John: I do think Kelvin Beachum played well enough for the Jaguars to pick up his option, and I think that's what the team will do. Beachum wasn't perfect in 2016, and he said throughout the season he wasn't satisfied with his play. But considering he was right at a year removed from a torn anterior cruciate ligament, he played at a remarkably high level. He pass-protected well for the most part with no oh-my-goodness games – the kind you fear from your left tackle. He didn't run block as well as he pass blocked, but that should improve as his knee gets healthier this offseason.
Andre from Honeytown:
Khan's last head-coaching decision came around January 17. Do you think this time it will be before, after, or right on the honey mark?
John: I imagine it will be before. That's because the Jaguars got an earlier start in this process than in 2013. Remember the Jaguars hired David Caldwell as general manager before getting full-bore into the process to hire Gus Bradley. The timetable therefore could be moved up a few days. Depending on circumstance, it's reasonable to think that could be the case.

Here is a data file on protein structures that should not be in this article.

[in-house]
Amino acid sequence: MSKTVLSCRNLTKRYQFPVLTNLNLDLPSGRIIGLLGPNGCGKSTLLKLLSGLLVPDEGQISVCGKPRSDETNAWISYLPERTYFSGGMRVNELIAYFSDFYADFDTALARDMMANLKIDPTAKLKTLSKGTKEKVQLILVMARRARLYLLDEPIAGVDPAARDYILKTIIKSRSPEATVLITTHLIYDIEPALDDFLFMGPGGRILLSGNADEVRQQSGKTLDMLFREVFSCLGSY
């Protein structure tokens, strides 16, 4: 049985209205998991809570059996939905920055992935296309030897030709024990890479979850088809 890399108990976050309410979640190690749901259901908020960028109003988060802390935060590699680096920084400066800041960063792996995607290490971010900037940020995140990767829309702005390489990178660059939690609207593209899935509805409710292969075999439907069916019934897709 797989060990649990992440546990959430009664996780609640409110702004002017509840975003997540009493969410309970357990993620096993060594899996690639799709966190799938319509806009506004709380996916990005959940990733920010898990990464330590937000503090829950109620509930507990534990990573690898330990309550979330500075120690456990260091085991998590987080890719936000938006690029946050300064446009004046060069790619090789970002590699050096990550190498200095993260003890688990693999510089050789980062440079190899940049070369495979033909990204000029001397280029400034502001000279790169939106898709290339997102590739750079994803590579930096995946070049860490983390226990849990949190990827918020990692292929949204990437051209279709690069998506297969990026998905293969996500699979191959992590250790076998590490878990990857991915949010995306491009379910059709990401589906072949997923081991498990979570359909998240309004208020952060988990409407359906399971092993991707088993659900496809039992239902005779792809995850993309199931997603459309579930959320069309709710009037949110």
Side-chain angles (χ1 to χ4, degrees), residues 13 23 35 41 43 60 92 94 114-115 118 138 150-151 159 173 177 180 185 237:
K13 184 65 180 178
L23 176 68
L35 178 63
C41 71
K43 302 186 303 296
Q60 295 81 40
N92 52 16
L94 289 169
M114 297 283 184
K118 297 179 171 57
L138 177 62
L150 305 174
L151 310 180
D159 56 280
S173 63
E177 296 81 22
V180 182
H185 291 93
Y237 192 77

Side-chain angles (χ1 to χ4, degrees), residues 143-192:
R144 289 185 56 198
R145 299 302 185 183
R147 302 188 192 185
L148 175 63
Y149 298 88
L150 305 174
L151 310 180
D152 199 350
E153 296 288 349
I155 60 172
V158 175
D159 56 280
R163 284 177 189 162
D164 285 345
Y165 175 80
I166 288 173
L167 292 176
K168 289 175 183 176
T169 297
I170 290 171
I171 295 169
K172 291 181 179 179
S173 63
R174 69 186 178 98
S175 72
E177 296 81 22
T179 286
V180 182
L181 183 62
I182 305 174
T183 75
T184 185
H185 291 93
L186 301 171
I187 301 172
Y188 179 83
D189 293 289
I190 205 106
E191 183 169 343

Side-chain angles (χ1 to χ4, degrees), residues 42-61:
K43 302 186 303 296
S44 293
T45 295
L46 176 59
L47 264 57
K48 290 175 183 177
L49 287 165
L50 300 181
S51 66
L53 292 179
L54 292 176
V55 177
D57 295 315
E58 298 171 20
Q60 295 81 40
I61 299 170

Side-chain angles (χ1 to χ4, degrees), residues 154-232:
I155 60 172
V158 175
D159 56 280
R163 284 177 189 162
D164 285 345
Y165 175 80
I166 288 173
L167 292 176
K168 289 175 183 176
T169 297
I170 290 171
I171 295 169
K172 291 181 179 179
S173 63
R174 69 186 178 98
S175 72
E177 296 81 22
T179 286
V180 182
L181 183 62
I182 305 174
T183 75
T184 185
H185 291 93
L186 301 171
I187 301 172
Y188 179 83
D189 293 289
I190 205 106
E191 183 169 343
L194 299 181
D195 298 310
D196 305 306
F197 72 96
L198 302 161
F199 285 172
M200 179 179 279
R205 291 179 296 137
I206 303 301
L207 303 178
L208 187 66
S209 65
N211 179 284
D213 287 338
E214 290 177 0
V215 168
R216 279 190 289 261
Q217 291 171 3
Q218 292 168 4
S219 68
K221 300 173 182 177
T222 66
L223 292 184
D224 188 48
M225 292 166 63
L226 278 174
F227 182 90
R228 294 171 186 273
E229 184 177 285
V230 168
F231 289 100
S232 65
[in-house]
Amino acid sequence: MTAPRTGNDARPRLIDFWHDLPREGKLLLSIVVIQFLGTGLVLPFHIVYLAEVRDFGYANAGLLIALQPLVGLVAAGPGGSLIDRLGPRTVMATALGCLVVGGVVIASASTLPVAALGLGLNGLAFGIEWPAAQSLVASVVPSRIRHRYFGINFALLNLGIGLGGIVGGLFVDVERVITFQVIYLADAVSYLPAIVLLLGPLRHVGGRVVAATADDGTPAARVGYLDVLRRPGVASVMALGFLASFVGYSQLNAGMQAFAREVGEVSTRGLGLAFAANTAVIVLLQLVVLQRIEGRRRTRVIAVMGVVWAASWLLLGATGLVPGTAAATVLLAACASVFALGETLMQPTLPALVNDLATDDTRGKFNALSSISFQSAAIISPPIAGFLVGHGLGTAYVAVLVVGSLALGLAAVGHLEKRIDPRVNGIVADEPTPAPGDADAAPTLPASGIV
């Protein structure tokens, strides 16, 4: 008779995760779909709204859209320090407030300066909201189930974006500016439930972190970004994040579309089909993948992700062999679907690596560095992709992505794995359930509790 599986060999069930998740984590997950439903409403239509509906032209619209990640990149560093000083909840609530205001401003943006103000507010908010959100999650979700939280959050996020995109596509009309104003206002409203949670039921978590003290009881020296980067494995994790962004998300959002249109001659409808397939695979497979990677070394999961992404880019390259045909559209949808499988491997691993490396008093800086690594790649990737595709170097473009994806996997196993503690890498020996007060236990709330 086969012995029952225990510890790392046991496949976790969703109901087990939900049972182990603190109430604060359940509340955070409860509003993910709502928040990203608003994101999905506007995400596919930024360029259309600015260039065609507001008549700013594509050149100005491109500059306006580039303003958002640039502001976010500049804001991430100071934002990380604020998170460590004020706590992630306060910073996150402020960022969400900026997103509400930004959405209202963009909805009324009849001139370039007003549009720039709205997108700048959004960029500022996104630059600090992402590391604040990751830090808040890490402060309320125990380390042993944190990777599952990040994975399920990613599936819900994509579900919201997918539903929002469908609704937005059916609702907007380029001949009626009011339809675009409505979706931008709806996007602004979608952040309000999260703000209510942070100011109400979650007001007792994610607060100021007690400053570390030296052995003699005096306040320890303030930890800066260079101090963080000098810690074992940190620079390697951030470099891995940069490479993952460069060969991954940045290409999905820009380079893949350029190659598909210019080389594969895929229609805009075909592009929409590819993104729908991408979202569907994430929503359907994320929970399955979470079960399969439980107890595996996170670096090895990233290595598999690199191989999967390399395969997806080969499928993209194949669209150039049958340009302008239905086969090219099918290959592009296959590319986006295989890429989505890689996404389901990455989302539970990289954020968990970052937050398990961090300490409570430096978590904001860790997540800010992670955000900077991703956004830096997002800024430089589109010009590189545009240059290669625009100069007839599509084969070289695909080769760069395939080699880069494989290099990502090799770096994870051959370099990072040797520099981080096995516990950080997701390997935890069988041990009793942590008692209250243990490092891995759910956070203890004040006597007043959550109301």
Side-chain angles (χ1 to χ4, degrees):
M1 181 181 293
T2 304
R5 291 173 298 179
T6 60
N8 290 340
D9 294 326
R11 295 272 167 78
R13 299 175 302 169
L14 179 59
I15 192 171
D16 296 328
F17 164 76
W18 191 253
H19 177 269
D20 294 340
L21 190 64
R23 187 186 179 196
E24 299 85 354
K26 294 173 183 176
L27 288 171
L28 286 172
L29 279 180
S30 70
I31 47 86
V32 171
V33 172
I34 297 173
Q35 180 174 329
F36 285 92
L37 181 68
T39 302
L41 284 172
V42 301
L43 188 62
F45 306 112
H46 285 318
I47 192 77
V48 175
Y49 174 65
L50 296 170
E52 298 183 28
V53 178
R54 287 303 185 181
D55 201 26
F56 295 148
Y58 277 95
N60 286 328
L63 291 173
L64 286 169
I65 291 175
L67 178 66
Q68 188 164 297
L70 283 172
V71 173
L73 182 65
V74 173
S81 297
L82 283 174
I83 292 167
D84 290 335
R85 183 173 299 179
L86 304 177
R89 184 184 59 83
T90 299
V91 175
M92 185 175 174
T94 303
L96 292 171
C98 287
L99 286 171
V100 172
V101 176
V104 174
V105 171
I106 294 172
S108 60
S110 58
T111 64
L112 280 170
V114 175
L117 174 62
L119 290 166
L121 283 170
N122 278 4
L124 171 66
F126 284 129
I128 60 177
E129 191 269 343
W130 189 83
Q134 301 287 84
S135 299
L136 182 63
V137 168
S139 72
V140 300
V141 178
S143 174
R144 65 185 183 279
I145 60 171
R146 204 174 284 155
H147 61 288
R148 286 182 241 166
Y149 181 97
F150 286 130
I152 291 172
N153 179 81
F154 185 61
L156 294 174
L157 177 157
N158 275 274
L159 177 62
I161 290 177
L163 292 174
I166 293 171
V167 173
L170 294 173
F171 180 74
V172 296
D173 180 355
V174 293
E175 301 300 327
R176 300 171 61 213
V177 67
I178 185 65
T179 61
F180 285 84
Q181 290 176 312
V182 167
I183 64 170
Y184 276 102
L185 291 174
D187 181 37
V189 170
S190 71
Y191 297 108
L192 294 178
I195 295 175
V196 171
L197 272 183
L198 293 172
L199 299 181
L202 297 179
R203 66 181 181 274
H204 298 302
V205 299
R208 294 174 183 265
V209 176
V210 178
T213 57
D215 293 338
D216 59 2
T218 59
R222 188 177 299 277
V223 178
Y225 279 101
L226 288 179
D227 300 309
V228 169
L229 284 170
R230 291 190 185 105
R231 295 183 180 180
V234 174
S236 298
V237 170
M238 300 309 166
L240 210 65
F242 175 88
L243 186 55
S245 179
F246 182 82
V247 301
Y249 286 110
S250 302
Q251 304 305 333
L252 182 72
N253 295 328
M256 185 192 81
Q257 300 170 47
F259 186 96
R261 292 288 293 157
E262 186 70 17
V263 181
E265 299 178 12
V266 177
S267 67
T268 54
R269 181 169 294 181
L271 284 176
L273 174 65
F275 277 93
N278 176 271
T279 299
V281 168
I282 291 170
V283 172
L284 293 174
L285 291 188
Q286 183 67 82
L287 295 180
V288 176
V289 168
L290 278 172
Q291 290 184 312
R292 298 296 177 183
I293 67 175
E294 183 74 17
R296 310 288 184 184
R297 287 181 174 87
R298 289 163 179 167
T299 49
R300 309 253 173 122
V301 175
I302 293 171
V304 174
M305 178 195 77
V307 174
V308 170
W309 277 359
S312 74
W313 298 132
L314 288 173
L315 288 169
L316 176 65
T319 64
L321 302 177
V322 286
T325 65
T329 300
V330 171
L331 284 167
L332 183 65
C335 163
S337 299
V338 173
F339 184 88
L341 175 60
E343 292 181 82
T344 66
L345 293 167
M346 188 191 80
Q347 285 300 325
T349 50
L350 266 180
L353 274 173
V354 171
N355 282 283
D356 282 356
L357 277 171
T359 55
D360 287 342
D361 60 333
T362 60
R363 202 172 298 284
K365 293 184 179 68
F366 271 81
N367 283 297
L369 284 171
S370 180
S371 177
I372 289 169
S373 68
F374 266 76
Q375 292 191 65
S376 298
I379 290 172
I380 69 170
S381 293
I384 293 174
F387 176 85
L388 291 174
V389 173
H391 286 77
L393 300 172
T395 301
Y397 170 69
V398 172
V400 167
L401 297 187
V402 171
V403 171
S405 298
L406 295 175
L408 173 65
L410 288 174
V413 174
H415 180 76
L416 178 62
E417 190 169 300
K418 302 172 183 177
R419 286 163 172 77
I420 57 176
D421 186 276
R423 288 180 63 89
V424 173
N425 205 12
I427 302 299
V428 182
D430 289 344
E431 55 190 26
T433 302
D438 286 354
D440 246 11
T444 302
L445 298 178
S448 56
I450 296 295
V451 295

Dennis from Macclenny, FL:
Why not give Marrone a one-year deal? This is not a rebuild and the reality of it is Blake Bortles will be the Jaguars' quarterback next season. Marrone believes in Bortles, so let's get on with it.
John: Doug Marrone is a legitimate head-coaching candidate who has been successful as an NFL head coach and who will be a head coach in the NFL again soon. Not only would offering him the job with a one-year deal be insulting, why in the world would he accept it if offered?
Michael from Middleburg, FL:
Hey, O: do we have a coach yet?
John: No, but there's a guy in ticketing who can wiggle his ears. There's also a girl in marketing who can make clockwise circles with her right foot and draw a six in the air with her right hand at the same time and we all think that's just the most adorable thing.
Mike from Atlanta, GA:
I am out of the loop. Were Bortles' shoulder separations in his throwing shoulder? If so, that could explain some of his accuracy issues. I hate excuse-makers, but sometimes it's simply an explanation. Gravity isn't an excuse for an apple falling from a tree, it is the reason it falls from the tree.